Dr. Ken Stauderman and collaborators discovered the role of STIM1, in conjunction with Orai1, in forming CRAC channels targeted by CalciMedica’s drug compounds.
CalciMedica was founded by scientists from TorreyPines Therapeutics, including Dr. Stauderman, CalciMedica’s Co-founder and Chief Scientific Officer, and a team from Harvard’s CBR Institute for Biomedical Research comprised of Drs. Anjana Rao, Patrick Hogan (both currently at the La Jolla Institute for Immunology) and Stefan Feske (currently at NYU School of Medicine).
At CalciMedica, Dr. Stauderman and a team of skilled scientists developed a series of proprietary assays that led to the identification and optimization of a portfolio of potent and highly selective CRAC channel inhibitors.
CalciMedica advanced the first CRAC channel inhibitor into human clinical studies. This compound demonstrated safety and trends towards efficacy as an orally administered agent in patients with moderate to severe plaque psoriasis.
Different CalciMedica CRAC channel compounds were developed with improved potency and selectivity; CM4620 (the intravenous (IV) formulation of which was named AuxoraTM) was selected for development.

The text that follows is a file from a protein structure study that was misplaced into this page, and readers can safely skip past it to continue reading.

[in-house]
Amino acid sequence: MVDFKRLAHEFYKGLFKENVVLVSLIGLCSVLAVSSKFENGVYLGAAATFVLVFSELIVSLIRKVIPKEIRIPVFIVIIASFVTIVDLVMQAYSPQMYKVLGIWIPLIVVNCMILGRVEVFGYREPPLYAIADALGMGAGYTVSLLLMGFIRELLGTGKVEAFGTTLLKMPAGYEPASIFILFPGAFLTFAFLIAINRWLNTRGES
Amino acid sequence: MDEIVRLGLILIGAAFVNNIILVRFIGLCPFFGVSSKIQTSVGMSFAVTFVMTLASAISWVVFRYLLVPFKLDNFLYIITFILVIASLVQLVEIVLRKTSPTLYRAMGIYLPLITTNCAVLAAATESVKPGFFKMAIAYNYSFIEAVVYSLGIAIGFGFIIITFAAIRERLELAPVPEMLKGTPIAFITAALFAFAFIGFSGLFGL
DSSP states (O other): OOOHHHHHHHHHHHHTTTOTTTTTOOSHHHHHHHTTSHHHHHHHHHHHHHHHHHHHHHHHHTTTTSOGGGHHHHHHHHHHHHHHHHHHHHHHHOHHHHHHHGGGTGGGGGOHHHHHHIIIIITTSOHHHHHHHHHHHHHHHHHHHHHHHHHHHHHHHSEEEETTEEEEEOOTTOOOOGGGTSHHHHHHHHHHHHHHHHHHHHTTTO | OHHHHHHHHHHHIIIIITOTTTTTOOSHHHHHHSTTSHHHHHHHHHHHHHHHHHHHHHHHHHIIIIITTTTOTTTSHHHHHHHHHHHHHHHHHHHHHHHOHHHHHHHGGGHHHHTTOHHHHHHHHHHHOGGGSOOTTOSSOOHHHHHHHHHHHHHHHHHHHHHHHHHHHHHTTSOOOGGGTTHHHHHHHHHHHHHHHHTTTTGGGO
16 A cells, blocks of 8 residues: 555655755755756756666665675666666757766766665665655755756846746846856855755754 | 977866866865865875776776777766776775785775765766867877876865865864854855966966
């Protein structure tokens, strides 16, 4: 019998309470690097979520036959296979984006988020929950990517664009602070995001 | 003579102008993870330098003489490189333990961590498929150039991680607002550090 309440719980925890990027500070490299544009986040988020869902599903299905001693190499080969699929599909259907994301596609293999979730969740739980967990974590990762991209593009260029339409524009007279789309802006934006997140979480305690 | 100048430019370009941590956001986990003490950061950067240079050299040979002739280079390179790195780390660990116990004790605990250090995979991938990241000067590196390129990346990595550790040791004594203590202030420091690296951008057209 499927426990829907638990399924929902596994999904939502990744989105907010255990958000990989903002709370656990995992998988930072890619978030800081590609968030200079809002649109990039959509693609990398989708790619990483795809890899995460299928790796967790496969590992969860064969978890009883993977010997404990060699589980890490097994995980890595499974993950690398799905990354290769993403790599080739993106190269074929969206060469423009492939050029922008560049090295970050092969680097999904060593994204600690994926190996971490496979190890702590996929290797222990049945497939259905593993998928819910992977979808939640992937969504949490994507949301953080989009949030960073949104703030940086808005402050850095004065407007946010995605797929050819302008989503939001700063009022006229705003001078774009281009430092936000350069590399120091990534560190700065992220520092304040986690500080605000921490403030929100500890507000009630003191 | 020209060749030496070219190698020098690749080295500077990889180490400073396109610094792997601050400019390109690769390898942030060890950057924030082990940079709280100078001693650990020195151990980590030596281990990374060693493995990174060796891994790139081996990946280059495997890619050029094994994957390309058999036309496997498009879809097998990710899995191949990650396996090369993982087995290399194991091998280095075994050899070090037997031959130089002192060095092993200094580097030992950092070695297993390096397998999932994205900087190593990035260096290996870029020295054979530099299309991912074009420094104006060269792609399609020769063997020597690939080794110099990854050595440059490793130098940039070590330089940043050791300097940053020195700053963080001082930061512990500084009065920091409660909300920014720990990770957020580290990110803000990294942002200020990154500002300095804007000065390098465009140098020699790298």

AuxoraTM entered into clinical development, proceeding through Phase 1 studies in healthy volunteers and several Phase 2 studies in patients with acute pancreatitis and accompanying systemic inflammatory response syndrome (SIRS) as well as severe and critical COVID-19 pneumonia, again demonstrating safety and efficacy.
In conjunction with St Jude Children’s Research Hospital, an Investigator-Initiated Clinical Trial was launched in pediatric cancer patients with acute lymphocytic leukemia (ALL) that develop acute pancreatitis in response to a specific chemotherapeutic agent used to treat ALL.
Several promising oral CRAC channel inhibitor drug candidates are in preclinical development to address chronic inflammatory conditions. We expect to submit an IND in 2024.
The clinical profile for AuxoraTM suggests broad application in different acute inflammatory diseases in critically ill patients, potentially including acute respiratory distress syndrome (ARDS) and acute kidney injury (AKI).